CROATIAN PRESIDENT REBUKES HERZEGOVINIANSStipe Mesic told Herzegovinian Croat leader Ante Jelavic that the Croats of Bosnia-Herzegovina should seek to solve their problems within that republic, RFE/RL's South Slavic Service reported. Jelavic had sought Zagreb's help in changing Bosnia's election laws. PM
 CROATIA BLOCKS GERMAN TELECOM MONOPOLYThe state privatization commission has ruled against selling a 21 percent stake in Croatian Telecom to Deutsche Telekom, "Jutarnji list" reported on 17 October. The German giant already owns about a 35 percent interest in the Croatian firm. PM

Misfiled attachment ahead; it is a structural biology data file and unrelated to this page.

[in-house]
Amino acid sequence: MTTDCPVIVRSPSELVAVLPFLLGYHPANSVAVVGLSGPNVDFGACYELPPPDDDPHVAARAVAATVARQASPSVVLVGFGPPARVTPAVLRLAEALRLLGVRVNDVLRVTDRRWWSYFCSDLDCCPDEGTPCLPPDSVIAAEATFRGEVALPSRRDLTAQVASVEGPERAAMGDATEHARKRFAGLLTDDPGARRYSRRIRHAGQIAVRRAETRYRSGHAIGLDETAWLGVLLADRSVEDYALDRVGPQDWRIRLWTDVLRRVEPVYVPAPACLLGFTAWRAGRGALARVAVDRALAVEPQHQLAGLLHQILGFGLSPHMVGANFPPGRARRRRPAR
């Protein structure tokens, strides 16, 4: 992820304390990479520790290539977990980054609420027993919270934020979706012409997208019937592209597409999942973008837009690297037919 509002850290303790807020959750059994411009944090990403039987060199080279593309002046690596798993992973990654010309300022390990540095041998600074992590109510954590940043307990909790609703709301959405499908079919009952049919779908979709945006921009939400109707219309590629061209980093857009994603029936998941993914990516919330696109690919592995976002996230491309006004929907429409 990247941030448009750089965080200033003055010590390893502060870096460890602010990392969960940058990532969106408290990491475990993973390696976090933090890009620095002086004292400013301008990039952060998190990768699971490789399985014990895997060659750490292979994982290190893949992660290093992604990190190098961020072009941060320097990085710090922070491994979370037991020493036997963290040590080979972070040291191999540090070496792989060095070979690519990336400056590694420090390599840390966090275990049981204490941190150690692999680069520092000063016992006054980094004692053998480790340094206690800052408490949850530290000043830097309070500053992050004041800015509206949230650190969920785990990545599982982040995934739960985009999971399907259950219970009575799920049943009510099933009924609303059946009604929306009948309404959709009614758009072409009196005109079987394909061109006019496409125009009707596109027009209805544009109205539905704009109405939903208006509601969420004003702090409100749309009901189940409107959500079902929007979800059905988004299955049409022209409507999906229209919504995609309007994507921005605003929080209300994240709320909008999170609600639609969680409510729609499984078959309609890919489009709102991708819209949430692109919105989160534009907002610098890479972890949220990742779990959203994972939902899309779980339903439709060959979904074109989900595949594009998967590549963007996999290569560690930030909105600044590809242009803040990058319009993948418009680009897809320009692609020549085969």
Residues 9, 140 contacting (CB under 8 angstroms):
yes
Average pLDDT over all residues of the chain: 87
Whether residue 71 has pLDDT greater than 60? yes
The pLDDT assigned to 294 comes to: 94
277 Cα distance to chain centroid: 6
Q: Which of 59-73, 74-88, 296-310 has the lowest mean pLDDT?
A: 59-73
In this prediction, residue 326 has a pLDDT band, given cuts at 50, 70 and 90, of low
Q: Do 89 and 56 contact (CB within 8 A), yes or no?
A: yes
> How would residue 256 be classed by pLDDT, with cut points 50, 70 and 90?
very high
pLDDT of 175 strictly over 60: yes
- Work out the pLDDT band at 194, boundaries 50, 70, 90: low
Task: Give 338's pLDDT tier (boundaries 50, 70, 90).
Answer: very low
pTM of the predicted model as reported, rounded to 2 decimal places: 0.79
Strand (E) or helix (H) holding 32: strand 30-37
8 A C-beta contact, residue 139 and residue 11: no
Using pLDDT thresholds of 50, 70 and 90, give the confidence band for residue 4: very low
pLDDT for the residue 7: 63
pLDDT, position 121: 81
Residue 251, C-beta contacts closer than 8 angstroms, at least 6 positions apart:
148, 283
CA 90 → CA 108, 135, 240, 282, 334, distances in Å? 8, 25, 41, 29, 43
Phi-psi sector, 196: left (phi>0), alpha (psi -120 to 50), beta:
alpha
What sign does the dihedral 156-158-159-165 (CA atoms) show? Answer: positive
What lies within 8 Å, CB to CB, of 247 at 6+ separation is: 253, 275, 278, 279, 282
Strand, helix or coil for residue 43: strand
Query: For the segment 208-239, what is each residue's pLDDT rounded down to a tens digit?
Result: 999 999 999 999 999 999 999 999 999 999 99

OSCE CRITICIZES ALBANIAN RUN-OFF VOTEThe OSCE's Office for Democratic Institutions and Human Rights (ODIHR) said in a statement in Tirana on 16 October that the campaign in the previous day's runoff local elections was marred by "nationalistic rhetoric" in the southern Himara region, Reuters reported (see "RFE/RL Newsline," 16 October 2000). The statement said that "while the first round...marked significant progress towards meeting the standards for democratic elections, the second round on 15 October was less transparent and inclusive." ODIHR election monitoring mission head Eugenio Polizzi added, however, that any irregularities were not sufficient to influence the overall outcome. He nonetheless called on the Albanian authorities to investigate the irregularities fully. PM